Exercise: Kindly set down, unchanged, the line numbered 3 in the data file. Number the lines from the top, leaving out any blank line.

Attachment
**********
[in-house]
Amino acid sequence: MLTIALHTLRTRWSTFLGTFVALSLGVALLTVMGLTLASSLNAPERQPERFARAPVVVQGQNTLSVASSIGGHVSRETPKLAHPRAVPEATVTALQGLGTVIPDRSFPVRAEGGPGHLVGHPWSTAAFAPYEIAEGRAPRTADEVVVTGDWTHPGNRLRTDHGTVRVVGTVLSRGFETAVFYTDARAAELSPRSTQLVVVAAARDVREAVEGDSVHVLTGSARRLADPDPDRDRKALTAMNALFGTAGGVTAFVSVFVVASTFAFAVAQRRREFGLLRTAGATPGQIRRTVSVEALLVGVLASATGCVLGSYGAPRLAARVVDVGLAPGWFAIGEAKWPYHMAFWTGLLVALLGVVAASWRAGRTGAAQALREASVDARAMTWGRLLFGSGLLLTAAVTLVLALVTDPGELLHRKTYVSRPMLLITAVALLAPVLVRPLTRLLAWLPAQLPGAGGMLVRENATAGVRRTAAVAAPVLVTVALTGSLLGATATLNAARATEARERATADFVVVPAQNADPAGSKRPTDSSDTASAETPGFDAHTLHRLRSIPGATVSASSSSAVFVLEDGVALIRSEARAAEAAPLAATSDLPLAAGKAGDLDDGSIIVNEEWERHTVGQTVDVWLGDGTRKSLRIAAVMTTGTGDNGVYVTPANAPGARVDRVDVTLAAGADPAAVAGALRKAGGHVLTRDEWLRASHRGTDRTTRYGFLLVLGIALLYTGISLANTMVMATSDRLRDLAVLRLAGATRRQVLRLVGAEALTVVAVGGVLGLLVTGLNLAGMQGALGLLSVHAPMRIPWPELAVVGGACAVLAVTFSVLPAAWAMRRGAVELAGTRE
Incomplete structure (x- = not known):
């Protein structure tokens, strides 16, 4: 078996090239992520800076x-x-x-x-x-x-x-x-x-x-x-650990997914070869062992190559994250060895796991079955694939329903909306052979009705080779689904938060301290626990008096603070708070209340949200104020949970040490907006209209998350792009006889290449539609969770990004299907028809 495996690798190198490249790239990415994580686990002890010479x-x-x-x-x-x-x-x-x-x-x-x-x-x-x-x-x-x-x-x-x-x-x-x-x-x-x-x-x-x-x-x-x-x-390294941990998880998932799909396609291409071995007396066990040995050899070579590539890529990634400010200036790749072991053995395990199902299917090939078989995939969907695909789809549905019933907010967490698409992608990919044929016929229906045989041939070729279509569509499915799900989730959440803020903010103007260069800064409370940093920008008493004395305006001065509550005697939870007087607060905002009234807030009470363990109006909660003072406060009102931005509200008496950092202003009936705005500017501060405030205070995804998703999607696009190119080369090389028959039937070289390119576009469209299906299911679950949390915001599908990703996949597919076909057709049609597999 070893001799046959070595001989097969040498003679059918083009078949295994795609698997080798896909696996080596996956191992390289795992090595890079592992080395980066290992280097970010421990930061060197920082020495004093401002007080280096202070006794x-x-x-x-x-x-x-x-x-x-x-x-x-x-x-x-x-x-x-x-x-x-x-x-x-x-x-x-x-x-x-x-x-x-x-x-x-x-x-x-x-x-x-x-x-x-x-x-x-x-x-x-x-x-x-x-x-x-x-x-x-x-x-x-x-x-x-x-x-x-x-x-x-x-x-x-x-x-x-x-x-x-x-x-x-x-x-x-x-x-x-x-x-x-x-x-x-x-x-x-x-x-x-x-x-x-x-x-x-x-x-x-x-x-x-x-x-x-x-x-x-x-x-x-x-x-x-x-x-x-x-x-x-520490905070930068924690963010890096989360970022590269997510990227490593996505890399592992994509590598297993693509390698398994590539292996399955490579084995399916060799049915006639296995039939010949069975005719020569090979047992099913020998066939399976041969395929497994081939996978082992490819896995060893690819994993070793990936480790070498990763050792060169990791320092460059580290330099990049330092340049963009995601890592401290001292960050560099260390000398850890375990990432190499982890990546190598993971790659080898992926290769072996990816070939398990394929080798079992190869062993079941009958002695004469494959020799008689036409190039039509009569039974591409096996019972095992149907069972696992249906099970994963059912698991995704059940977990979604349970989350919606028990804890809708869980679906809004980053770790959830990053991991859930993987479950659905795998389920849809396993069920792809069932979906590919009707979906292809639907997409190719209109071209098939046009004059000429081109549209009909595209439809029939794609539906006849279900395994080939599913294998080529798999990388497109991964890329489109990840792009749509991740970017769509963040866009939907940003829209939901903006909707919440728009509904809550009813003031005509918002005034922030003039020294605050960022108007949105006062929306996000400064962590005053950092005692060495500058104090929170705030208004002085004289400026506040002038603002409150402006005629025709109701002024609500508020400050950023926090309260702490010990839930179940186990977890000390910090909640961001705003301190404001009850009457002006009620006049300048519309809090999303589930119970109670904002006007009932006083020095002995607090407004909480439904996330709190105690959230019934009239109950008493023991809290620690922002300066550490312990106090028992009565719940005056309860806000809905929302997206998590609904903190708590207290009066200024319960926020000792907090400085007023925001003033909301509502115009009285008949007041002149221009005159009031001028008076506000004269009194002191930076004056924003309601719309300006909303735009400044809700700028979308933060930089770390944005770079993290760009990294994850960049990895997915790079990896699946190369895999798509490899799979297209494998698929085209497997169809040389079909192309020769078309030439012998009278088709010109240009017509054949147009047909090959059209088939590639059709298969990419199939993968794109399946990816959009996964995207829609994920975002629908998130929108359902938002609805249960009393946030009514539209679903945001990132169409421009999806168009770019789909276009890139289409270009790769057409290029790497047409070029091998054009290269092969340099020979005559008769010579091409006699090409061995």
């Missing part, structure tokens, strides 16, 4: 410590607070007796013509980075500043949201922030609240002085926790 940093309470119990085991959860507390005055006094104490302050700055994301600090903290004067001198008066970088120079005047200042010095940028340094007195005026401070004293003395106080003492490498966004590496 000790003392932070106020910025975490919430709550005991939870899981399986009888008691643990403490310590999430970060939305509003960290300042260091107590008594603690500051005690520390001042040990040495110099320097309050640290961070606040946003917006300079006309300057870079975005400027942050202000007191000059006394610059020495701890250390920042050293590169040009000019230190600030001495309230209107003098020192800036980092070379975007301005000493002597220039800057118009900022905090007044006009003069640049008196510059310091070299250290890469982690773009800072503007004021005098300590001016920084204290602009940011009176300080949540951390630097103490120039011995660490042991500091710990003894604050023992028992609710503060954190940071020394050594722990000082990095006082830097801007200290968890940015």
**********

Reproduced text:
Incomplete structure (x- = not known):